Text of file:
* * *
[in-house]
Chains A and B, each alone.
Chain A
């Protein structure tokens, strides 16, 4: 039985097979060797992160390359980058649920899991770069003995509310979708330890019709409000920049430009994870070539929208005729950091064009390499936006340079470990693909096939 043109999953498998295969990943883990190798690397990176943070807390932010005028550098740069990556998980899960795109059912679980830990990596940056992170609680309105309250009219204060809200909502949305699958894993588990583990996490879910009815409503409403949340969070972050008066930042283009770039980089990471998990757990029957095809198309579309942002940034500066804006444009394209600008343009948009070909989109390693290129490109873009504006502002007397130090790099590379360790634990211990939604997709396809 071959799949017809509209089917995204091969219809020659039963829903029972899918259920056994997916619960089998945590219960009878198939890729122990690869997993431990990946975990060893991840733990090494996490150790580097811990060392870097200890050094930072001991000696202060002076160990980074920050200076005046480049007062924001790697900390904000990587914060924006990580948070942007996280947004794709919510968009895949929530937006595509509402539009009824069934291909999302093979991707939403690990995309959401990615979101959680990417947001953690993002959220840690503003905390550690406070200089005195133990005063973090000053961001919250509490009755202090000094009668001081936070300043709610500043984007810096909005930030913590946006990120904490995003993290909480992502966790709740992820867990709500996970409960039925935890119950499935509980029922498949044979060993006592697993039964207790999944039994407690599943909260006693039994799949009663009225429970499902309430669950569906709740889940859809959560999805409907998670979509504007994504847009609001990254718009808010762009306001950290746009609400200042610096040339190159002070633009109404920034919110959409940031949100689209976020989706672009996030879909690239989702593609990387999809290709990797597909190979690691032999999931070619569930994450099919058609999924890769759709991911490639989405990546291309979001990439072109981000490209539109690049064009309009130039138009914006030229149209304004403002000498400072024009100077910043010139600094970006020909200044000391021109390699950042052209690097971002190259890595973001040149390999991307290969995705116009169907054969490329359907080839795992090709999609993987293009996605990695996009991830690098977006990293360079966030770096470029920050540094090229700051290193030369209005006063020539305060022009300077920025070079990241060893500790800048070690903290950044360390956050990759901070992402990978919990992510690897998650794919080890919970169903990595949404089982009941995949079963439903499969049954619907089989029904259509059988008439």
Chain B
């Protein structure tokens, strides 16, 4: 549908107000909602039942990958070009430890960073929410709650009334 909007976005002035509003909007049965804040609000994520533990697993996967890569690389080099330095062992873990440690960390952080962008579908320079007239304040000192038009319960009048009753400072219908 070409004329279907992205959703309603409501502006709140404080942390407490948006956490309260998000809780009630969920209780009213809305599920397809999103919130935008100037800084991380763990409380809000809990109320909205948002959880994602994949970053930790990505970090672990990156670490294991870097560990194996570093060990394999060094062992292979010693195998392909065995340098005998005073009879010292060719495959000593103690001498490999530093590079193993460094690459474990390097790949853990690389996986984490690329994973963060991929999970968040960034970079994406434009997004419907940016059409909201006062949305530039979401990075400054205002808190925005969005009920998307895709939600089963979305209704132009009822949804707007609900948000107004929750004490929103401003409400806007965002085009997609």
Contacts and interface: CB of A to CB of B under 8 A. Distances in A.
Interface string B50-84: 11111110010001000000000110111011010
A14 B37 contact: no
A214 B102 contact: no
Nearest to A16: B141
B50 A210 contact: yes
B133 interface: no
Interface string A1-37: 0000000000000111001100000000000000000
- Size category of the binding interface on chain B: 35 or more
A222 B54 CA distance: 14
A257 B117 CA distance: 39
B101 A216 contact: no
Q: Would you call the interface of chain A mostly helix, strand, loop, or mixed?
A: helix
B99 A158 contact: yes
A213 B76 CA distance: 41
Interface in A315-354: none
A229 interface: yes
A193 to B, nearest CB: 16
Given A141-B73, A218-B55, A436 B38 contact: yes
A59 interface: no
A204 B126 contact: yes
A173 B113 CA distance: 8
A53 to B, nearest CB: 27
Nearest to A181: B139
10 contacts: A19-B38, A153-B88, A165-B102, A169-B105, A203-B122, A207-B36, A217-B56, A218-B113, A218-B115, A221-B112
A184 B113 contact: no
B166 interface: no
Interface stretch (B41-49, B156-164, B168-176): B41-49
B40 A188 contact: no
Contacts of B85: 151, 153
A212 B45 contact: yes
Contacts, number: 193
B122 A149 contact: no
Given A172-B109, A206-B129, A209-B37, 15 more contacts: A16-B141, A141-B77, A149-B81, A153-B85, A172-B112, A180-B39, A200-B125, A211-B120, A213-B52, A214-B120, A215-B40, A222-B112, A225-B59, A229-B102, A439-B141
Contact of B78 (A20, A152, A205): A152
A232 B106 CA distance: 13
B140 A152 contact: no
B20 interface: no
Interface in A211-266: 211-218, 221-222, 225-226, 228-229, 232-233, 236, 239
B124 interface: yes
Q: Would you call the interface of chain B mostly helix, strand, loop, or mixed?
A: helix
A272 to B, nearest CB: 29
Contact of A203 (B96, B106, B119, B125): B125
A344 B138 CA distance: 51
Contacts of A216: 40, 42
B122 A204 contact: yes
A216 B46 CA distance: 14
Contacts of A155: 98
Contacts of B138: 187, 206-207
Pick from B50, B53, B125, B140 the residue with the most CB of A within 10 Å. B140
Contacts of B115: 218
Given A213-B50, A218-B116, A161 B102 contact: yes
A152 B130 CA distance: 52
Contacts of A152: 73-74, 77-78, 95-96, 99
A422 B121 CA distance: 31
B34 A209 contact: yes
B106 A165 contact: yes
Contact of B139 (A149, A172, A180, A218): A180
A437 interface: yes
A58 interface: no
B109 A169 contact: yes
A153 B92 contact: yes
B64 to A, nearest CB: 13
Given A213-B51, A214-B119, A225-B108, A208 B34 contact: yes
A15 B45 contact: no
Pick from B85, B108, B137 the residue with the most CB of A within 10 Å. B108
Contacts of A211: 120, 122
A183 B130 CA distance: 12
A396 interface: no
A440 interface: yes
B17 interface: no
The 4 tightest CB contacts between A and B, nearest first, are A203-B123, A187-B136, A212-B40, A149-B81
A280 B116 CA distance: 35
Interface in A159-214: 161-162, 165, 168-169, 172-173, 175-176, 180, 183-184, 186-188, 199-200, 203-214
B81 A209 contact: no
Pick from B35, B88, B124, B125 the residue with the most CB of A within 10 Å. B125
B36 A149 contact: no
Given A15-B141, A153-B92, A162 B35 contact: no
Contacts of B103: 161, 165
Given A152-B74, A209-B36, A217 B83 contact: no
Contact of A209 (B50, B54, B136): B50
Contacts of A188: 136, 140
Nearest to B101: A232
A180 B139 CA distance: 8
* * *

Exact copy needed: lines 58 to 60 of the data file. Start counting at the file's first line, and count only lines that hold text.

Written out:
Pick from B50, B53, B125, B140 the residue with the most CB of A within 10 Å. B140
Contacts of B115: 218
Given A213-B50, A218-B116, A161 B102 contact: yes